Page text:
The mining industry has been an enthusiastic user of offshore workers through the federal government’s 457 visa program and, more recently, its extension: the enterprise migration agreement (EMA).
Gina Rinehart’s Hancock Prospecting recently became the first company to successfully apply for an EMA covering 1517 foreign workers for its Roy Hill project. And there’s a strong chance other mining companies will follow suit: the Minerals Council of Australia has recently embarked on an advertising campaign in the West Australian and The Australian, arguing that skilled migration is crucial to the continued prosperity of the mining industry.
Miners commonly cite a shortage of workers as the main reason for this enthusiasm but the reasons are more complex.
It is clear that mine development has a peak demand for labour during the construction phase that reduces and changes with the move to production. But there is still substantial evidence that this is not a complete answer.
Australian miners are facing the prospect of dropping commodities prices globally - already being felt in the coal price - fuelled by Europe’s ongoing sovereign debt crisis and a slower recovery in the United States.
To better understand what is happening in the mining industry, it is necessary to look at the composition of employment in a wider context. In terms of numbers, the mining sector is not a large direct employer, providing jobs for less than 100,000 people (2% of Australia’s workforce). In comparison, small to medium enterprises (SMEs) have two million owners and employ five million people.
Since the global financial crisis, both the SME sector and other large businesses with no direct link to mining and agriculture have been under stress.
The result has been that skilled workers have become available to the mining sector, yet there seems to be little effort made to access these workers.
Anecdotal evidence suggests the desire exists for workers in alternative industries to move into the mining sector. For instance, when mining sector employment expos were held in Brisbane and Gold Coast, 10,000 people attended. Similar numbers came along to the same expo in Western Australia.
This is 17 times greater than the number involved in the current Enterprise Migration Agreement granted to Hancock prospecting.
Of course, not all of these job seekers are a direct fit for the mining sector, and some are speculative.
But this group also includes an extensive group of professional and trade qualified applicants. The only shortfall of this group is obtaining the specific ticketing for the industry, which in most cases can be quickly addressed.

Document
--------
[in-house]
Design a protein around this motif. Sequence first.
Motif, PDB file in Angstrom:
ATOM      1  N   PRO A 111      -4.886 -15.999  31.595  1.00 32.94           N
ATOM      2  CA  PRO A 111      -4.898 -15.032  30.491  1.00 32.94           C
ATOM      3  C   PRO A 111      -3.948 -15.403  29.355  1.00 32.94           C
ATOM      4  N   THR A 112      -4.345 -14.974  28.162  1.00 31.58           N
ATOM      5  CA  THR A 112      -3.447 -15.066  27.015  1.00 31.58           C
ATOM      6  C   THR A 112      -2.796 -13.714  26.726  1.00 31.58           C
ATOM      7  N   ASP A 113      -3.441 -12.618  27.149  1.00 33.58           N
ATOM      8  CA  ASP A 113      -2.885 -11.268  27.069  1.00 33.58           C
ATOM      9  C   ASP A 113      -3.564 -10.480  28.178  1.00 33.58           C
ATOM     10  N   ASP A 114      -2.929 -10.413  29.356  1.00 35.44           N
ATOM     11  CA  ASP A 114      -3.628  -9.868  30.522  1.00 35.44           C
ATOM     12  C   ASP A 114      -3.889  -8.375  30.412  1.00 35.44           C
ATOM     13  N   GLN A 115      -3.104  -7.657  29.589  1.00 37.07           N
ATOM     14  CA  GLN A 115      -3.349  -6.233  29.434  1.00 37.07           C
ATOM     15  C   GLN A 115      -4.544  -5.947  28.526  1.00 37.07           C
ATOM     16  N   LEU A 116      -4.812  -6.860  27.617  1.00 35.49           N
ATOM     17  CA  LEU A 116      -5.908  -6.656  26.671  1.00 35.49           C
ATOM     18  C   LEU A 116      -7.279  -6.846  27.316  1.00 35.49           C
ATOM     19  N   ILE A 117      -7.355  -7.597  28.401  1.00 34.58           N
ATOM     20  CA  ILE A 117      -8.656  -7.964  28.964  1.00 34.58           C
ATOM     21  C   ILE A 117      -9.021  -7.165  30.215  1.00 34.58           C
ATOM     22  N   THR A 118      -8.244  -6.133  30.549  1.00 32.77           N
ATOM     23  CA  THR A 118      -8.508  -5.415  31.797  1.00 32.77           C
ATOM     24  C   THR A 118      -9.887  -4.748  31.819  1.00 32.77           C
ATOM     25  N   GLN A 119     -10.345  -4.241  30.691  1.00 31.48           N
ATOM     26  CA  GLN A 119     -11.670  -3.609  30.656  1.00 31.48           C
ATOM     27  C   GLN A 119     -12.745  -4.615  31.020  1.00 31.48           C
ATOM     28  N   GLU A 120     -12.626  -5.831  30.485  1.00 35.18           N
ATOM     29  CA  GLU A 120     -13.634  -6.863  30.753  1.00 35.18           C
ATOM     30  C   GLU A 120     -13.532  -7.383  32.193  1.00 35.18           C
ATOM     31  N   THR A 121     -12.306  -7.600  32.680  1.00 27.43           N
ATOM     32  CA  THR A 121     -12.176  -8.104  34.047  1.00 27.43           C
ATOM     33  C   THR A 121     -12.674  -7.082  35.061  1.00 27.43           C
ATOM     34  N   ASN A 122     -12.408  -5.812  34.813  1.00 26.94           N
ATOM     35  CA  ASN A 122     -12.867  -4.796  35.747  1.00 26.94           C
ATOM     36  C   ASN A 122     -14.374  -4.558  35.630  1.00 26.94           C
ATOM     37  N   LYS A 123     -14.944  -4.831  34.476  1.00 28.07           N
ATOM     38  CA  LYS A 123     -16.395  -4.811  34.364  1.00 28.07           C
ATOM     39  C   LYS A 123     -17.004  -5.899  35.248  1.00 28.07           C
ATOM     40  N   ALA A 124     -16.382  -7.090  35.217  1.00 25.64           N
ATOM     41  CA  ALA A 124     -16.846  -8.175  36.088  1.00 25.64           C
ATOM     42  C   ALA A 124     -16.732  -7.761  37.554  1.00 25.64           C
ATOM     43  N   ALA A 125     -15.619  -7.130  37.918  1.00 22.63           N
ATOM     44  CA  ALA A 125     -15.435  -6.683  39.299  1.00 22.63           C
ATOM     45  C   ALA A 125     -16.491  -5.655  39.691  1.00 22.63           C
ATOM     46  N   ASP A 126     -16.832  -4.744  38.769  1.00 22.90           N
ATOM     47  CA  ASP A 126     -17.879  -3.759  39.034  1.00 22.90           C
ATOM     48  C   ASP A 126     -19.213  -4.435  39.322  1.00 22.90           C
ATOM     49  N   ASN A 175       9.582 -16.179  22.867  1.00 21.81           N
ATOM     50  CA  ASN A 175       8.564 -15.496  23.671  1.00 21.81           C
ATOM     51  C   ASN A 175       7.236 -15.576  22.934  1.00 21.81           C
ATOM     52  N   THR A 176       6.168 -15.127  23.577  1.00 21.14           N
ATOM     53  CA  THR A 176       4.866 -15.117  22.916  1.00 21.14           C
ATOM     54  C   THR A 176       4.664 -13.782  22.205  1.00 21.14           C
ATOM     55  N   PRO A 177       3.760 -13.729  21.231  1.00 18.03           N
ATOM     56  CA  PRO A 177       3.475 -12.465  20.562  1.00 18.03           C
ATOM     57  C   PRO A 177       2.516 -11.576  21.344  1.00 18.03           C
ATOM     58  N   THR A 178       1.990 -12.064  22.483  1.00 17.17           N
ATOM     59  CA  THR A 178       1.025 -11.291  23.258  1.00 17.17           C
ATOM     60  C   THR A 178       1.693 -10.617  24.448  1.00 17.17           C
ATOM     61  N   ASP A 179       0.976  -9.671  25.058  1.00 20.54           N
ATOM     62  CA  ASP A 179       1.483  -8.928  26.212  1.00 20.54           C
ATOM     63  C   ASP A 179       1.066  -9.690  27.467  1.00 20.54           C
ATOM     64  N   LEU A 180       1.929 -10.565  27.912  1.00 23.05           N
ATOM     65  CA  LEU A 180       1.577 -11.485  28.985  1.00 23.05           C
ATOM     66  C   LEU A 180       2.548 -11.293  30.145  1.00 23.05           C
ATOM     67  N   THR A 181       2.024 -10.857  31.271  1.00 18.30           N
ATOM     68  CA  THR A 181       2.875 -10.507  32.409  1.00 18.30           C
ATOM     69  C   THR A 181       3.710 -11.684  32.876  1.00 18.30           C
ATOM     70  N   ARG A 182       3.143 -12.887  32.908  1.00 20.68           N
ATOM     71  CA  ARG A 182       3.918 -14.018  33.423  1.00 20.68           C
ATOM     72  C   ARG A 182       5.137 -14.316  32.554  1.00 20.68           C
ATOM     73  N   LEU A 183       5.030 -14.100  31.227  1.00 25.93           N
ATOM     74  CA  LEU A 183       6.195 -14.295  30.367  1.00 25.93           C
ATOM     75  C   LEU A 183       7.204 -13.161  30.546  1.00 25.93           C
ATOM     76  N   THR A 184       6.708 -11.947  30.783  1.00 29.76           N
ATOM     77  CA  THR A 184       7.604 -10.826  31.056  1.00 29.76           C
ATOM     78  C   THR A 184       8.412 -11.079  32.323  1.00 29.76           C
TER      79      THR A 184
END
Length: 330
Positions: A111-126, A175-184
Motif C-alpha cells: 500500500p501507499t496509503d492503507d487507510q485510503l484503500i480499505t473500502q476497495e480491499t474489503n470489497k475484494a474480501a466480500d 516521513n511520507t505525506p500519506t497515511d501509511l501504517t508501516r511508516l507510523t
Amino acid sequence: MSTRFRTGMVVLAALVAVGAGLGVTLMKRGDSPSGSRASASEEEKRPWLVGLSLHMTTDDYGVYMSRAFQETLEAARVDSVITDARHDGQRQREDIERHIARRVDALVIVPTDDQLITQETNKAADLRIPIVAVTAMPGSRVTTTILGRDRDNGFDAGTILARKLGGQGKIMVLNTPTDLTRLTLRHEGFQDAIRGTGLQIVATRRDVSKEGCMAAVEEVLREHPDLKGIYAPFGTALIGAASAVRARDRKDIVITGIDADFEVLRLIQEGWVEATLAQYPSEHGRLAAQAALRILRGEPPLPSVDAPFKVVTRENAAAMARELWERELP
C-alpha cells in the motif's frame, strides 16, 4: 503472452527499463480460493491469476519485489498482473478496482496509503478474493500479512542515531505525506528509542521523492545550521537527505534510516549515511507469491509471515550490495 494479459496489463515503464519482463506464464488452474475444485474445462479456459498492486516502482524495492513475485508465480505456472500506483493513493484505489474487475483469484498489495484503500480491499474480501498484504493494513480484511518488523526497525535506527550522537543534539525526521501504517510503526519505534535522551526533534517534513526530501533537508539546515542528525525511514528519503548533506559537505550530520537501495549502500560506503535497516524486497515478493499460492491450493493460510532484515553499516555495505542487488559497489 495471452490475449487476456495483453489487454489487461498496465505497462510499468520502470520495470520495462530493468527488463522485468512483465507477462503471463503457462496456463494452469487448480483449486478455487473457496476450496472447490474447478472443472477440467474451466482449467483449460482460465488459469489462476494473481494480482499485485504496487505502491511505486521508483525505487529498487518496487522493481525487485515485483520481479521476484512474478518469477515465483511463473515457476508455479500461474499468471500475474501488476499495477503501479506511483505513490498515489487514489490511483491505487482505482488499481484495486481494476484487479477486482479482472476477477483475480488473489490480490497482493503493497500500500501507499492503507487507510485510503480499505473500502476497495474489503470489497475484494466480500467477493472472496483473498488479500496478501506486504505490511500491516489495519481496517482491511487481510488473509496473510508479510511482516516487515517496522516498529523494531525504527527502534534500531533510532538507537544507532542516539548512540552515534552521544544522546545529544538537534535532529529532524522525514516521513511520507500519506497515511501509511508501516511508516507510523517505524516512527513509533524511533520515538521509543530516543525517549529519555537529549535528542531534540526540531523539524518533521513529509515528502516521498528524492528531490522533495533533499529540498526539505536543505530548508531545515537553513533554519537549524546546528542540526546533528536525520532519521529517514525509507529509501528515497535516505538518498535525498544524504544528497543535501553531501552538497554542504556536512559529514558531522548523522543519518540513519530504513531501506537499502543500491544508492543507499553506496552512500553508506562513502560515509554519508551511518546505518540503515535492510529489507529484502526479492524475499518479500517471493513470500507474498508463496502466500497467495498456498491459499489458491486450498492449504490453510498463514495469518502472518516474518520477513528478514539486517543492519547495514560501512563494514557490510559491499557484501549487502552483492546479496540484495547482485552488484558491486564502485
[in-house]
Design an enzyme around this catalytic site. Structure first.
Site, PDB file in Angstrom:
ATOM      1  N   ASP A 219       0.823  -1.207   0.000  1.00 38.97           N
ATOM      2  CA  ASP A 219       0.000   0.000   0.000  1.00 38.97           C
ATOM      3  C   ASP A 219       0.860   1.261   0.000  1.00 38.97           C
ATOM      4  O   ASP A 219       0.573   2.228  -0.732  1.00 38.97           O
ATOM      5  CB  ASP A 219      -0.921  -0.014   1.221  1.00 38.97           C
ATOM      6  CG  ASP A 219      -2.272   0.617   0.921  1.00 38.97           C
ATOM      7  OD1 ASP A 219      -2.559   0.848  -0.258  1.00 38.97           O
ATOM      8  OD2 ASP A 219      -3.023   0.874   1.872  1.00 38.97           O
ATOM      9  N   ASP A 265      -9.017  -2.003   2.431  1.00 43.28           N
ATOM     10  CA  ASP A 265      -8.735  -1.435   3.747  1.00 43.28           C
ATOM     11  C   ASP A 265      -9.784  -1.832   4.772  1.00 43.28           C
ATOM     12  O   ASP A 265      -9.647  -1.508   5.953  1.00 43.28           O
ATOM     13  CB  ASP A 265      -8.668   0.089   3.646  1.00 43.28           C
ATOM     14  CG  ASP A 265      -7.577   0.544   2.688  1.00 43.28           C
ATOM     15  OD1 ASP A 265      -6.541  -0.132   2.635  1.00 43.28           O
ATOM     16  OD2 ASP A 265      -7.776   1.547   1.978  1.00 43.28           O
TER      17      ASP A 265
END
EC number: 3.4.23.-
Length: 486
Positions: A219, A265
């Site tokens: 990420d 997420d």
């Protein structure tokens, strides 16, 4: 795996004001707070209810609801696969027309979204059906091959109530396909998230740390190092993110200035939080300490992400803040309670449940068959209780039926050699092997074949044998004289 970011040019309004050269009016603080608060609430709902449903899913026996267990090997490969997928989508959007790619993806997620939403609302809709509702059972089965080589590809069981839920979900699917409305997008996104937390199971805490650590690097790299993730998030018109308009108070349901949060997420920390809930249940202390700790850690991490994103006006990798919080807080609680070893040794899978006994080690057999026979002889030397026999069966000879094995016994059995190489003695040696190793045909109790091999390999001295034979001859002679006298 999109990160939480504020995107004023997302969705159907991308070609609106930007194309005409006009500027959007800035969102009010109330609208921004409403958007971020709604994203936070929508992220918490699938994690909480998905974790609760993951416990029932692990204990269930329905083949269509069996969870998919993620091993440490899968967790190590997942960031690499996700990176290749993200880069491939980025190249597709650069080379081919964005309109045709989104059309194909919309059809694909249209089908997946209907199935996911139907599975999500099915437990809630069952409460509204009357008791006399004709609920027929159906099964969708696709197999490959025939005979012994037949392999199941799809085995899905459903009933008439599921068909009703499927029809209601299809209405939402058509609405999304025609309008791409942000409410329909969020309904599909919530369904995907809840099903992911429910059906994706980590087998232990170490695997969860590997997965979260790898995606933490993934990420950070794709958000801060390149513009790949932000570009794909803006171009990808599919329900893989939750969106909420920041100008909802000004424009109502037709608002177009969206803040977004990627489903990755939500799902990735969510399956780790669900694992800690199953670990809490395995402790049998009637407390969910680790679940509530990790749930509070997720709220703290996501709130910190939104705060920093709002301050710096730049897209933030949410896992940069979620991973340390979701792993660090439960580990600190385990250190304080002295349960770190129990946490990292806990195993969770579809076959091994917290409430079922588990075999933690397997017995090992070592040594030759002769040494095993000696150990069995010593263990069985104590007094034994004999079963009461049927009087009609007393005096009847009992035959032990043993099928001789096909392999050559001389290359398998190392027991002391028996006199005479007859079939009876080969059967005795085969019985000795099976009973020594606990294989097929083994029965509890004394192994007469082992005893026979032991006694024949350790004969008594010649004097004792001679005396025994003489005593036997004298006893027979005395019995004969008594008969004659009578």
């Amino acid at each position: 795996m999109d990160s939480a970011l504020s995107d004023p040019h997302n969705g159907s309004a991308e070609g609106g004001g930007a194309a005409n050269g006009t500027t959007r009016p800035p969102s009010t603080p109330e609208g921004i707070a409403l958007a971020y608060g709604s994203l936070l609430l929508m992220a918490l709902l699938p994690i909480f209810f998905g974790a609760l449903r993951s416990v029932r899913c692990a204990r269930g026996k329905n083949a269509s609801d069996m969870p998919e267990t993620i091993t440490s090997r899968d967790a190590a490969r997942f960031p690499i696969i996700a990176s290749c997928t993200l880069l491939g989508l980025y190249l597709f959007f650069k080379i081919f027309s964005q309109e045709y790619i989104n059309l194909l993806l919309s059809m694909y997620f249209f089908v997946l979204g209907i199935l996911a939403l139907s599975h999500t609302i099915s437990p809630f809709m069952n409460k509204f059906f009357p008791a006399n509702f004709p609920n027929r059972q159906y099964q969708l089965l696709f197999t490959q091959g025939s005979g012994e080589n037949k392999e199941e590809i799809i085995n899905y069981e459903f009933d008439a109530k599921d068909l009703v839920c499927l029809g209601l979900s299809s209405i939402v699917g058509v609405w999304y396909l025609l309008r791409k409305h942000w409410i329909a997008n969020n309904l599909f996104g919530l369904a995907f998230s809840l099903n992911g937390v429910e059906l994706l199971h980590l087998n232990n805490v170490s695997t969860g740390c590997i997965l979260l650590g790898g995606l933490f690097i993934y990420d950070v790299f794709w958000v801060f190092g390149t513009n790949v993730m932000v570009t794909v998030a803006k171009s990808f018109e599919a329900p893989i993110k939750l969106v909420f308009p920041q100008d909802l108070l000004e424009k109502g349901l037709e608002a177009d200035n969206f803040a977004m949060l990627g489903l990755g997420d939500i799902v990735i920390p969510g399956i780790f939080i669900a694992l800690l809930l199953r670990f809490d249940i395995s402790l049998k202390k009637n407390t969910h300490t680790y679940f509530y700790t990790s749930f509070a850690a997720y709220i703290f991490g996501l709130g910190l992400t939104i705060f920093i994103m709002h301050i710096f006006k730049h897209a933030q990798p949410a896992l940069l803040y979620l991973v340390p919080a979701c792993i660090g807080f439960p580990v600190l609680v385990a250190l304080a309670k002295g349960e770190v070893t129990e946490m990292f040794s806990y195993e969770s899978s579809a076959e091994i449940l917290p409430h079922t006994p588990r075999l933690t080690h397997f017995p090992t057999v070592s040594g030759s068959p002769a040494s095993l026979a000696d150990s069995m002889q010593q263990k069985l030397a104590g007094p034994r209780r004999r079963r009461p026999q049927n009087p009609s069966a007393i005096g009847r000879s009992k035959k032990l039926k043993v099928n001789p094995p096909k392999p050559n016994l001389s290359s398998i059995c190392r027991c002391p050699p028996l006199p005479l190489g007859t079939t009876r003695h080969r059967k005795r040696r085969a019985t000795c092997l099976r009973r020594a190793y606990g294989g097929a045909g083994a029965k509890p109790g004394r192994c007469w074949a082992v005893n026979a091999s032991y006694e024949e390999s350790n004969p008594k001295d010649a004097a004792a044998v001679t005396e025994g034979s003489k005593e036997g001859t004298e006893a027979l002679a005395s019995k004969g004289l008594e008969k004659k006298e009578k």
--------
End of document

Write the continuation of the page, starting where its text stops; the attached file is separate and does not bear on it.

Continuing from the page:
Yet on exiting these sessions, many of these skilled people believed there was little chance to connect with the industry, as they had been informed that obtaining these additional qualifications would not ensure they would be considered - let alone employed - within the mining industry.
To be fair, while cost-cutting may be behind the mining industry’s desire for imported labour, Australian workers have been let down by a clear lack of government focus, strategy and commitment to providing the training required for current and future needs within Australia. In some other countries, a high proportion of labour market expenditure by government is invested in “active” policies, such as retraining workers for new and emerging industries and in assistance in labour mobility. Sweden is an exemplifier in this regard.
The inability to provide quick transition processes for people with existing qualifications to move from industry to industry - or for that matter, state to state - is evidence of this situation.
This is in turn reflected in a lack of engagement by many larger miners’ local indigenous communities to help them develop into an effective workforce.
The concept of “local” is important with indigenous workforces, as existing insight indicates that these workers are committed to staying within their homelands. This makes this group ideal long-term employees if trained and employed within their local environment.
The desire by mining industry to import labour is also seen in the inability and lack of desire for industry and governments to understand how to develop appropriate and effective skills, not just for the present but also for the future.
This is evidenced in the current bargaining round within BHP Billiton Mitsubishi Alliance (BMA) and, for the first time in years, workers going on strike for a week over pay and conditions.
Overall, given the relatively small percentage of employment that comprises the mining sector, the apparent enthusiasm of locals for employment in this sector and the concern that new forms of labour market flexibility has the capacity to undermine employment conditions of the existing workforce, many will continue to question the motives behind EMAs, such as that proposed for Roy Hill.
Alongside these concerns are also broader policy questions about how employers and government address labour market demand and supply issues in a more active way, so as to provide training opportunities for communities that are local to mining projects and retraining of workers from other employment sectors that wish to participate in the ongoing mining boom.